Governor Greg Abbott, last month, proposed a new rule to require abortion providers to dispose of fetuses by burial or cremation. Abbott’s call came shortly after the U.S. Supreme Court struck down tough abortion regulations passed by state lawmakers in 2013. Thursday, those for and against this latest attempt by Texas to regulate the abortion industry, had a chance to weigh in.
Most of those who packed into the hearing room at the Department of State Health Services were familiar faces in the long running Texas abortion debate. Most who testified voiced familiar arguments, like Rachel Baker-Ford who is against the rule. "The decision not to have an abortion is not one to be made by politicians."
Those who support the proposal argued again that someone had to stand up for the unborn. "All children should be treated with dignity even after their death,” said Teresa Comera.
The state is drafting a new rule to require abortion providers to bury or cremate fetuses.
"Disposing of these babies in a way that is not humane is wrong. This has nothing to do with so called women's reproductive health,” said Christine Melchor with the Houston Coalition for life.
Supporters of the rule noted an incident ten years ago saying unborn babies were treated just like garbage. State Rep Mark Keough (R) of The Woodlands said an incident that happened in 2005 is one reason why he believes the rule is needed. "A woman, working near an abortion facility in Houston, observed tiny baby limbs and other body parts in a parking lot after a sewer break."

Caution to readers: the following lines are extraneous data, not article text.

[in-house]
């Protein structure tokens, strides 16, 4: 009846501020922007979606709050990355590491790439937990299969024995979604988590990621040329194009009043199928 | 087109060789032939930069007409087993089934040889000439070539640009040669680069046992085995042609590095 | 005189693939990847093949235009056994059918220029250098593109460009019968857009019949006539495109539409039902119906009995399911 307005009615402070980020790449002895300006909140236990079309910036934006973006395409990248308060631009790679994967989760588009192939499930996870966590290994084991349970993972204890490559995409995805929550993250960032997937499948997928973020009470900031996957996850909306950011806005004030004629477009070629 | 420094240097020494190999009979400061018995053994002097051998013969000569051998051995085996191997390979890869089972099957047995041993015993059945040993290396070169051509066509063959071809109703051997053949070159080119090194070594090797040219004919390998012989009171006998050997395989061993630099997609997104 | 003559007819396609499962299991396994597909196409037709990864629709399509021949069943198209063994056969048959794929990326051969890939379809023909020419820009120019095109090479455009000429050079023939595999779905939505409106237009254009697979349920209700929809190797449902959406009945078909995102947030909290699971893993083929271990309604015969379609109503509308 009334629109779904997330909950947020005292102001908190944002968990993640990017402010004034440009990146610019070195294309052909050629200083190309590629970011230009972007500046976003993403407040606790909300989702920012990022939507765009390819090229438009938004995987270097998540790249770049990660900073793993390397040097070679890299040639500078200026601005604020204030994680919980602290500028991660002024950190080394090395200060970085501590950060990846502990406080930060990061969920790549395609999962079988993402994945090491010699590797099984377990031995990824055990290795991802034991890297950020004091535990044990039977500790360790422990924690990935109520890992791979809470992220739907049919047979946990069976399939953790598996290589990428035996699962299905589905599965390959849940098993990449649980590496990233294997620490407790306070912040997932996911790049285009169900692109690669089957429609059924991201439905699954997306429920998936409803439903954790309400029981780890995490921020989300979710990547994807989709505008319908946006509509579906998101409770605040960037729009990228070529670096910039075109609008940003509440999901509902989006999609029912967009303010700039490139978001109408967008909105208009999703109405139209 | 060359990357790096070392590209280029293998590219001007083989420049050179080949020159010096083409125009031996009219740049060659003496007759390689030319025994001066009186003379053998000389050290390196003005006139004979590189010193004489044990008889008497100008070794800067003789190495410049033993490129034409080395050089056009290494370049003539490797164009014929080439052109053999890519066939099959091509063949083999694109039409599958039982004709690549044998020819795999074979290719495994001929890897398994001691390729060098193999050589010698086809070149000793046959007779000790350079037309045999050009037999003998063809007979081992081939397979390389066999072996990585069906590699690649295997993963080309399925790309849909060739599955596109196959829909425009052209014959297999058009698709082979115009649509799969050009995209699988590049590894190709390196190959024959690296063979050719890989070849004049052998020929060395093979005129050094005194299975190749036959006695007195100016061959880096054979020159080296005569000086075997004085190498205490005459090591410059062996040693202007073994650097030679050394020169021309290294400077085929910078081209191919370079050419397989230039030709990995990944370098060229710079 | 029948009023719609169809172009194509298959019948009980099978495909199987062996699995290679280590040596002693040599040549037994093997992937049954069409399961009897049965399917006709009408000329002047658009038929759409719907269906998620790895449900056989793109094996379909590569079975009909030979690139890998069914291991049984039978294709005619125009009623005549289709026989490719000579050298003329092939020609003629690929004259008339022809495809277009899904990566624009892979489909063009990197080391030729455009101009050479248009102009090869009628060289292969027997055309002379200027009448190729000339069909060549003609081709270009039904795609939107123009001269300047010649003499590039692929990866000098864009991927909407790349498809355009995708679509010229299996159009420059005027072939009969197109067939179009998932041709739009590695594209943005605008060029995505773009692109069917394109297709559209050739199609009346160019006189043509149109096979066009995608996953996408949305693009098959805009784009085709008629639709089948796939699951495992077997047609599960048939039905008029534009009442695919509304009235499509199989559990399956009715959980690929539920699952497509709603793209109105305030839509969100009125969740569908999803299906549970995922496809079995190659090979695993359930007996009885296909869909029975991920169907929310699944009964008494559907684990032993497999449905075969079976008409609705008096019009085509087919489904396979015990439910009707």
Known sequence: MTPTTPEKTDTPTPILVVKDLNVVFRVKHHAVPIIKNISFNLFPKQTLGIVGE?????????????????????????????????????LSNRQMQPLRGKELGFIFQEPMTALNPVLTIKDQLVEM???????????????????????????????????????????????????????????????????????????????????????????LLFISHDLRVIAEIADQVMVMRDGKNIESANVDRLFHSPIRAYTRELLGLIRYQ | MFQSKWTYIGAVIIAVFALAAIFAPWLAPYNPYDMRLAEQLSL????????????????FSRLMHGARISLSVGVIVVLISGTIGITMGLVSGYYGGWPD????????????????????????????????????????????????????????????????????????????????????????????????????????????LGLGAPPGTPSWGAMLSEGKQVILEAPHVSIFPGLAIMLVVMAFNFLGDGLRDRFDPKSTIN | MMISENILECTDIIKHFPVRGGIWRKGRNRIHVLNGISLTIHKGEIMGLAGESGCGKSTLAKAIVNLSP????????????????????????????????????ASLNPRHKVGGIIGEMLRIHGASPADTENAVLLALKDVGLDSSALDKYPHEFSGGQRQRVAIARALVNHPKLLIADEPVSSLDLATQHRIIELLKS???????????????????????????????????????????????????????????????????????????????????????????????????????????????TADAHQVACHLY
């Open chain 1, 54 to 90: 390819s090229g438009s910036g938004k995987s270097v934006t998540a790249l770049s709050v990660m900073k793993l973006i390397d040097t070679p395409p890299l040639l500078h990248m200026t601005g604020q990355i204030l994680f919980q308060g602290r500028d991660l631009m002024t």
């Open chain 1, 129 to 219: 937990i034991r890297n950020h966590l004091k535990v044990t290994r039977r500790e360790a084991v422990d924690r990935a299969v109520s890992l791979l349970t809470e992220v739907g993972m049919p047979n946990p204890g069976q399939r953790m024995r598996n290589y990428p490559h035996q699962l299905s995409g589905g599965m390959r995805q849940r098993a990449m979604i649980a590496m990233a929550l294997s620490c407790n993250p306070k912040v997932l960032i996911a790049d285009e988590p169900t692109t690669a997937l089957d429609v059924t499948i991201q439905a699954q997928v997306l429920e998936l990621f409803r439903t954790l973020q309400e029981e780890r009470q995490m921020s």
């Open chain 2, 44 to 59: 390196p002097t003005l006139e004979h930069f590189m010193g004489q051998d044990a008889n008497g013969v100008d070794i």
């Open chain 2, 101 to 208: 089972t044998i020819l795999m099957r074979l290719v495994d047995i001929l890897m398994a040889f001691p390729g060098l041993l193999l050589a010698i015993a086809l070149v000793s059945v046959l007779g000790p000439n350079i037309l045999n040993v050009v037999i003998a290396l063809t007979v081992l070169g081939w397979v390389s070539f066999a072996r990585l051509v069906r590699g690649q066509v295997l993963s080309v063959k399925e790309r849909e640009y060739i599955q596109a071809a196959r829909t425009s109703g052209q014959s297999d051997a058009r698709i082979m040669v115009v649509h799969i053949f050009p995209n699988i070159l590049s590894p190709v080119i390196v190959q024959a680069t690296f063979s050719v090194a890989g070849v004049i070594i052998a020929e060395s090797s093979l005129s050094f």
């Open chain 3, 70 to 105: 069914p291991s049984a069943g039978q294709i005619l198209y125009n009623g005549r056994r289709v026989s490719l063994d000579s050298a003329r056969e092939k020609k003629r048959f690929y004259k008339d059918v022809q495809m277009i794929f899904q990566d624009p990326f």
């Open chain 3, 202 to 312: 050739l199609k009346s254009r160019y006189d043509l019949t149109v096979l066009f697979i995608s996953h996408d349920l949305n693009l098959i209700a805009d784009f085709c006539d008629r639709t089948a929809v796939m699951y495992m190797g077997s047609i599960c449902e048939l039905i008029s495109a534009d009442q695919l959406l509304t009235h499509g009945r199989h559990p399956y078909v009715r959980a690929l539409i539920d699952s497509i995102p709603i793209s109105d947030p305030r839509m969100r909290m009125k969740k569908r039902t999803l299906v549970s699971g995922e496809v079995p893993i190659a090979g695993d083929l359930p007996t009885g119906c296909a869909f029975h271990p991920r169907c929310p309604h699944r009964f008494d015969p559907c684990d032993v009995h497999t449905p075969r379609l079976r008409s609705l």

Pro-abortion advocates disputed the claim that fetuses are being flushed sewers and say clinics typically contract with medical waste disposal companies to handle the tissue. Kay Arnold pointed out a similar law in Indiana was recently blocked by a federal Judge. "This reckless policy is so far reaching that it would even apply to women seeking care following miscarriage and ectopic pregnancy,” warned Arnold.
The rule, for those who oppose it, is nothing more than another attempt to restrict access to a legal medical procedure. "The real effect is that these regulations will make abortions more expensive,” said Trisha Trigilio with the Texas ACLU.
According to the most recent public data in 2013, there were almost 55,000 abortions in the state of Texas. This hearing before state health officials may be a preview of what's to come when the legislature reconvenes in January. There may be attempts to link abortions to human trafficking as well as to frivolous lawsuits.
"Wrongful birth lawsuits are when the parents of a child born with disabilities sue the doctor and the hospital because they feel they were not properly informed of the child's disability in time to have an abortion, even though the doctor is not responsible for the disability at all,” said Joe Pojman with the Texas Alliance for Life.
Pro Choice advocates warn the attempted to regulate will eventually come with a cost.
"I fear the Texas taxpayers are going to have their hard earned money spent on further lawsuits as Texas passes more unconstitutional laws trying to remove health care from Texans,” said Heather Busby with NARAL Pro Choice Texas.
Enforcement of the new burial rule is targeted to start this fall.